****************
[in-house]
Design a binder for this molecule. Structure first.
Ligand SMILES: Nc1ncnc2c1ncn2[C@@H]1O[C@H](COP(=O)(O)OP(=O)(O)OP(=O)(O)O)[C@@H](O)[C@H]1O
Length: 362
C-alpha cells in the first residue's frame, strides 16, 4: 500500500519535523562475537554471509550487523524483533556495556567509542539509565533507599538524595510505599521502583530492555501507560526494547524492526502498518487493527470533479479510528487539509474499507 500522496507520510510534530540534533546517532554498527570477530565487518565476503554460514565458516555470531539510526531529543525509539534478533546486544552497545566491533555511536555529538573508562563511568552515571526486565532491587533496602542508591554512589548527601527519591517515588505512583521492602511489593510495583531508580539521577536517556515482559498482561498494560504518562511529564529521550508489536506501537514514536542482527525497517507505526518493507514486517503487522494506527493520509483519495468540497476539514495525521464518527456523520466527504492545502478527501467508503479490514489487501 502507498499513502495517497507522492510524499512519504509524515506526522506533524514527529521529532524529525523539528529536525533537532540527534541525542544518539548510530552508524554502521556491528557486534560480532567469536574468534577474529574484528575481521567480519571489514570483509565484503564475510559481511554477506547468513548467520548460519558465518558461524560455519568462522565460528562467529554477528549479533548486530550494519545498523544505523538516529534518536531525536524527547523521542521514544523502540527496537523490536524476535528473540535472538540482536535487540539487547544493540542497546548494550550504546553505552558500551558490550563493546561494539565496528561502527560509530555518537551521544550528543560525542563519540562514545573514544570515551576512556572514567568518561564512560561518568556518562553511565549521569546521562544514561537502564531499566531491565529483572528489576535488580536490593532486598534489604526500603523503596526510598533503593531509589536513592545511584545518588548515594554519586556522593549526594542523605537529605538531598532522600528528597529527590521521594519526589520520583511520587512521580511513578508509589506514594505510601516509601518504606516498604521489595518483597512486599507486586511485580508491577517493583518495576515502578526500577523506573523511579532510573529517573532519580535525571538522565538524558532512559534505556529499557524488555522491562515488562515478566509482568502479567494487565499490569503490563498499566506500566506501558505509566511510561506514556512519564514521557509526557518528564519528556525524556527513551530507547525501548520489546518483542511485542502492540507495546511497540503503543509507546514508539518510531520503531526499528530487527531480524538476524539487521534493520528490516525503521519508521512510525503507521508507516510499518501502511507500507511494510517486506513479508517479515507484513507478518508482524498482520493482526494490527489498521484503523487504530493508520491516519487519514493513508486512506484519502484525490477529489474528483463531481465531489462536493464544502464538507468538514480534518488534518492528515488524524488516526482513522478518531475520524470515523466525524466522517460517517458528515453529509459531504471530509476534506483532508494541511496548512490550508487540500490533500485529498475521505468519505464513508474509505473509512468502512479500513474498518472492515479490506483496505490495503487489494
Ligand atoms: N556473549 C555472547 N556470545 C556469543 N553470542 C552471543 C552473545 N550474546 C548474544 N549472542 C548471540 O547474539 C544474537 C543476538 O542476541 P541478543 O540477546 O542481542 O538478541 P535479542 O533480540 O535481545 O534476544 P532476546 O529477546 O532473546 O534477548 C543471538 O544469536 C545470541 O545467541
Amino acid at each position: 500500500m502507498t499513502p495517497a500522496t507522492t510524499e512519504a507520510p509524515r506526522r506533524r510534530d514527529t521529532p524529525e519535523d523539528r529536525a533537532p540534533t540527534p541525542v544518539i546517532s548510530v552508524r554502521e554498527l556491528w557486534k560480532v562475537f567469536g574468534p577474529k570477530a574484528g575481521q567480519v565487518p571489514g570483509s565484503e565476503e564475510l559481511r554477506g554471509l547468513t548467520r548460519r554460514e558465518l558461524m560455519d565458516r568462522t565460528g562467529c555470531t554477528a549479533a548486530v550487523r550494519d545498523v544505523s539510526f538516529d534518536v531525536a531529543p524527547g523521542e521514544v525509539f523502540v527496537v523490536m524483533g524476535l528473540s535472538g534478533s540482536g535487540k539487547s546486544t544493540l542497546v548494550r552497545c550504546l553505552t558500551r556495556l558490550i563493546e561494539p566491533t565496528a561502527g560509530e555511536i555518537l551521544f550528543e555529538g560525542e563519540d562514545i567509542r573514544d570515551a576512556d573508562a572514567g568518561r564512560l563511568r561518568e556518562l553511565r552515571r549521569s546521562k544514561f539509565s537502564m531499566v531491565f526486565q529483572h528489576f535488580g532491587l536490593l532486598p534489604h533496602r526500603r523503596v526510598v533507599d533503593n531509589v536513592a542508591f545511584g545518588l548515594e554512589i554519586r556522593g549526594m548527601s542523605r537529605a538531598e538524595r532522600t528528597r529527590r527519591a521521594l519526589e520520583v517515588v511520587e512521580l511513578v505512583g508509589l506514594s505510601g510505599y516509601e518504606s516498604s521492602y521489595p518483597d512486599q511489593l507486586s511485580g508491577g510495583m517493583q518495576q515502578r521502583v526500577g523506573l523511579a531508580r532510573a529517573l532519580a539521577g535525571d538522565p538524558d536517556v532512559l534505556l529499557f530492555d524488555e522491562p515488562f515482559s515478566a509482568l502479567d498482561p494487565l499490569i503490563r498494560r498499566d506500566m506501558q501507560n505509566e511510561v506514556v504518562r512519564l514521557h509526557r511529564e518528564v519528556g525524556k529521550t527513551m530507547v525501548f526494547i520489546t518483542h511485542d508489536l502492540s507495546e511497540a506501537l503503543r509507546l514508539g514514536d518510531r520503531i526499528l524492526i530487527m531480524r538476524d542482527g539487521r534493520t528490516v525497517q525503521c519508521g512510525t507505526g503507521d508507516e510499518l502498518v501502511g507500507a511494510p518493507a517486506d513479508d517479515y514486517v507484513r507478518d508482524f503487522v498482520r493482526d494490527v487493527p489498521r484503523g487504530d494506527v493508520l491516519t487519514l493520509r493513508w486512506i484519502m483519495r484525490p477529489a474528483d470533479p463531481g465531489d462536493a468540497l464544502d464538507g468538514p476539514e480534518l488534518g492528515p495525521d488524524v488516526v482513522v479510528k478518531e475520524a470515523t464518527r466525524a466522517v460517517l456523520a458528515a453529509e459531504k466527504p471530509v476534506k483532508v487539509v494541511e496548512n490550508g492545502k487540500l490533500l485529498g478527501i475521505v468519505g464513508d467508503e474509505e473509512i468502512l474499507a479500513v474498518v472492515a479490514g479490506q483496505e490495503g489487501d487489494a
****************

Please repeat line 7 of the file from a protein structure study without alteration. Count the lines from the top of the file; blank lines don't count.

Amino acid at each position: 500500500m502507498t499513502p495517497a500522496t507522492t510524499e512519504a507520510p509524515r506526522r506533524r510534530d514527529t521529532p524529525e519535523d523539528r529536525a533537532p540534533t540527534p541525542v544518539i546517532s548510530v552508524r554502521e554498527l556491528w557486534k560480532v562475537f567469536g574468534p577474529k570477530a574484528g575481521q567480519v565487518p571489514g570483509s565484503e565476503e564475510l559481511r554477506g554471509l547468513t548467520r548460519r554460514e558465518l558461524m560455519d565458516r568462522t565460528g562467529c555470531t554477528a549479533a548486530v550487523r550494519d545498523v544505523s539510526f538516529d534518536v531525536a531529543p524527547g523521542e521514544v525509539f523502540v527496537v523490536m524483533g524476535l528473540s535472538g534478533s540482536g535487540k539487547s546486544t544493540l542497546v548494550r552497545c550504546l553505552t558500551r556495556l558490550i563493546e561494539p566491533t565496528a561502527g560509530e555511536i555518537l551521544f550528543e555529538g560525542e563519540d562514545i567509542r573514544d570515551a576512556d573508562a572514567g568518561r564512560l563511568r561518568e556518562l553511565r552515571r549521569s546521562k544514561f539509565s537502564m531499566v531491565f526486565q529483572h528489576f535488580g532491587l536490593l532486598p534489604h533496602r526500603r523503596v526510598v533507599d533503593n531509589v536513592a542508591f545511584g545518588l548515594e554512589i554519586r556522593g549526594m548527601s542523605r537529605a538531598e538524595r532522600t528528597r529527590r527519591a521521594l519526589e520520583v517515588v511520587e512521580l511513578v505512583g508509589l506514594s505510601g510505599y516509601e518504606s516498604s521492602y521489595p518483597d512486599q511489593l507486586s511485580g508491577g510495583m517493583q518495576q515502578r521502583v526500577g523506573l523511579a531508580r532510573a529517573l532519580a539521577g535525571d538522565p538524558d536517556v532512559l534505556l529499557f530492555d524488555e522491562p515488562f515482559s515478566a509482568l502479567d498482561p494487565l499490569i503490563r498494560r498499566d506500566m506501558q501507560n505509566e511510561v506514556v504518562r512519564l514521557h509526557r511529564e518528564v519528556g525524556k529521550t527513551m530507547v525501548f526494547i520489546t518483542h511485542d508489536l502492540s507495546e511497540a506501537l503503543r509507546l514508539g514514536d518510531r520503531i526499528l524492526i530487527m531480524r538476524d542482527g539487521r534493520t528490516v525497517q525503521c519508521g512510525t507505526g503507521d508507516e510499518l502498518v501502511g507500507a511494510p518493507a517486506d513479508d517479515y514486517v507484513r507478518d508482524f503487522v498482520r493482526d494490527v487493527p489498521r484503523g487504530d494506527v493508520l491516519t487519514l493520509r493513508w486512506i484519502m483519495r484525490p477529489a474528483d470533479p463531481g465531489d462536493a468540497l464544502d464538507g468538514p476539514e480534518l488534518g492528515p495525521d488524524v488516526v482513522v479510528k478518531e475520524a470515523t464518527r466525524a466522517v460517517l456523520a458528515a453529509e459531504k466527504p471530509v476534506k483532508v487539509v494541511e496548512n490550508g492545502k487540500l490533500l485529498g478527501i475521505v468519505g464513508d467508503e474509505e473509512i468502512l474499507a479500513v474498518v472492515a479490514g479490506q483496505e490495503g489487501d487489494a